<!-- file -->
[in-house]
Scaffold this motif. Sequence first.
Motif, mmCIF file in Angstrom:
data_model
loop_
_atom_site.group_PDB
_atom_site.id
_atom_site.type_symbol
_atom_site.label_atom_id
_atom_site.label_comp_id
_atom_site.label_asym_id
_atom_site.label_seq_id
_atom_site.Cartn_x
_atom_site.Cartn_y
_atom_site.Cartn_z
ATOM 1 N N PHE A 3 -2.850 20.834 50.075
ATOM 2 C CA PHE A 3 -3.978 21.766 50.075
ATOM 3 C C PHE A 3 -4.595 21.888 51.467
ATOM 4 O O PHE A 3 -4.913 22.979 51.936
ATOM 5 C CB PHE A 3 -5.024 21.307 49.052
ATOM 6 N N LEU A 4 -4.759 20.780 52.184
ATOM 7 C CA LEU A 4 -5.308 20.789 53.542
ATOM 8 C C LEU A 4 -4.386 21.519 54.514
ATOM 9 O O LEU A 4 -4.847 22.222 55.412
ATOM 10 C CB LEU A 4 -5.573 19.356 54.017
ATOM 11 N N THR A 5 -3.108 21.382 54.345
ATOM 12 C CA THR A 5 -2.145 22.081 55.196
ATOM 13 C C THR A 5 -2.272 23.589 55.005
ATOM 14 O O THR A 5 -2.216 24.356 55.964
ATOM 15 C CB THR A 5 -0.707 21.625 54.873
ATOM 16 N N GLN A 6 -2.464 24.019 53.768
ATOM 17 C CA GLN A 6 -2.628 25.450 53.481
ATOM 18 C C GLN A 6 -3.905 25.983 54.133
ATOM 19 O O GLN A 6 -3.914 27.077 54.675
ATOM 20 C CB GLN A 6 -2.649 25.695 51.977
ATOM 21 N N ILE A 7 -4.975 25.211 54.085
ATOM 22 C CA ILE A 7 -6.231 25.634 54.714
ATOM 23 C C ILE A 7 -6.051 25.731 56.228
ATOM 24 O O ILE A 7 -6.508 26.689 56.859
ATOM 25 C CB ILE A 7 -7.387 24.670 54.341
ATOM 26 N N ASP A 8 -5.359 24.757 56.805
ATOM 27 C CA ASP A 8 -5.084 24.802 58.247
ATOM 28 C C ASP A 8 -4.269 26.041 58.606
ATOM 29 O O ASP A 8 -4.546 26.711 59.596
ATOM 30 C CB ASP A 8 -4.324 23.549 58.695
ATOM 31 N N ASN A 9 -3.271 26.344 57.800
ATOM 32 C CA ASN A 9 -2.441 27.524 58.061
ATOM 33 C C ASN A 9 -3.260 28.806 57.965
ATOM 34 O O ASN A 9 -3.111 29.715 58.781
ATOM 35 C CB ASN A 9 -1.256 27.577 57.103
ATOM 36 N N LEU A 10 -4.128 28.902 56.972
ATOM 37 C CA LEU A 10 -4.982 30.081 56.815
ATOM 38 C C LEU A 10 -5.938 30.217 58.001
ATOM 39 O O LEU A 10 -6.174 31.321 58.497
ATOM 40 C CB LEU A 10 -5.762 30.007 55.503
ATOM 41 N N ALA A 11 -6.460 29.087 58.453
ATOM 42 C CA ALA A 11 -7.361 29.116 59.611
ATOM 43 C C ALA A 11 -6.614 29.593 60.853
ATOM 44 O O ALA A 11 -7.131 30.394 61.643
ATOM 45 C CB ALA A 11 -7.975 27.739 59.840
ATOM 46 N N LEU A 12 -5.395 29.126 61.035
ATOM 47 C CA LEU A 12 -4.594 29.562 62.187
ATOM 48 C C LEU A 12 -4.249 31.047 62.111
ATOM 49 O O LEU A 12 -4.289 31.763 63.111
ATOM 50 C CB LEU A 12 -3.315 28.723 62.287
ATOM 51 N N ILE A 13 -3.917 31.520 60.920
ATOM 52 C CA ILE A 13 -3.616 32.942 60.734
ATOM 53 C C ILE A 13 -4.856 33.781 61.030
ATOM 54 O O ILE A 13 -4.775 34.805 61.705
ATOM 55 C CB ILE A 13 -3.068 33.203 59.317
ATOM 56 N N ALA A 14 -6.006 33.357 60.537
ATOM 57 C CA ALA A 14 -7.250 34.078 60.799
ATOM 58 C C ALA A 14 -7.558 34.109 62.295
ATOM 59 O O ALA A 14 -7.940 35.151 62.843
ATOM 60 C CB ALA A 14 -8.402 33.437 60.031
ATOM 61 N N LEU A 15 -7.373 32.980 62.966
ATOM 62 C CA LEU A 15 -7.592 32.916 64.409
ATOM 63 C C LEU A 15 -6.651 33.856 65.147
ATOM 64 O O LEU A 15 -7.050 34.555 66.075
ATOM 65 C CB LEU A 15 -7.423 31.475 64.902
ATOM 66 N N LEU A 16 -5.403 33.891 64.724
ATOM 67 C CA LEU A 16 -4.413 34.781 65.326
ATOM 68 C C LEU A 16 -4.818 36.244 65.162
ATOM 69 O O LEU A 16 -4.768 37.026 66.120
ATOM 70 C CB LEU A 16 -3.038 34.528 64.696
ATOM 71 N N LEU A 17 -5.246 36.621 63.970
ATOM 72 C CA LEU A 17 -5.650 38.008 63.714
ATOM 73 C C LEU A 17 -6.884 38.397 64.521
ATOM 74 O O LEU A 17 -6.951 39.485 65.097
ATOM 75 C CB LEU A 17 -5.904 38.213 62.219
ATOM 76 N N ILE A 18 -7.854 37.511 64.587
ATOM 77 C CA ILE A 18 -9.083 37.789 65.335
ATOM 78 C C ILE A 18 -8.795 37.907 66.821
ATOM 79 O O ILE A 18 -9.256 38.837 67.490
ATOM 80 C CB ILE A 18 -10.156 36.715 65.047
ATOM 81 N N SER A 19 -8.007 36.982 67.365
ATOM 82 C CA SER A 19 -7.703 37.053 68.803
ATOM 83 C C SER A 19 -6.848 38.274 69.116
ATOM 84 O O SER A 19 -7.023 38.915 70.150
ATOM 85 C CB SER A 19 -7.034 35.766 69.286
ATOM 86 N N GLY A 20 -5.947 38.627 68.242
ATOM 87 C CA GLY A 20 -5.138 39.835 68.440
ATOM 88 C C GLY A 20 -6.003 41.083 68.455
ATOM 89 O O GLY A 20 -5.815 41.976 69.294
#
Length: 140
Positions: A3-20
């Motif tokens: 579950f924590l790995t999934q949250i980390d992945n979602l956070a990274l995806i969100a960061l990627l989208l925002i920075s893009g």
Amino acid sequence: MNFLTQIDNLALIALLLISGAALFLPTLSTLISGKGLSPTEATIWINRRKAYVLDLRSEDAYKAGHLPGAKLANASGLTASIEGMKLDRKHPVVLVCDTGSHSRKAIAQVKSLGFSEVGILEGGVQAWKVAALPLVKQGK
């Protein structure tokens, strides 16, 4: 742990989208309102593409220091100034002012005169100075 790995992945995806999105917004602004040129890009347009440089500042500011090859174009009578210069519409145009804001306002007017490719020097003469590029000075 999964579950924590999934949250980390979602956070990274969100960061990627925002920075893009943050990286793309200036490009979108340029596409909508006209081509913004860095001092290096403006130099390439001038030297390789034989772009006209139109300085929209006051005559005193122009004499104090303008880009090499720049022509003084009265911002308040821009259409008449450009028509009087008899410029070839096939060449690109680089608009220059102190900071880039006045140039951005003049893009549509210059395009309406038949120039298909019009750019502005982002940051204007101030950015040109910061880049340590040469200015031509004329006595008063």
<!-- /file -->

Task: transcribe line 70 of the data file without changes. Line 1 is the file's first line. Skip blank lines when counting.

ATOM 55 C CB ILE A 13 -3.068 33.203 59.317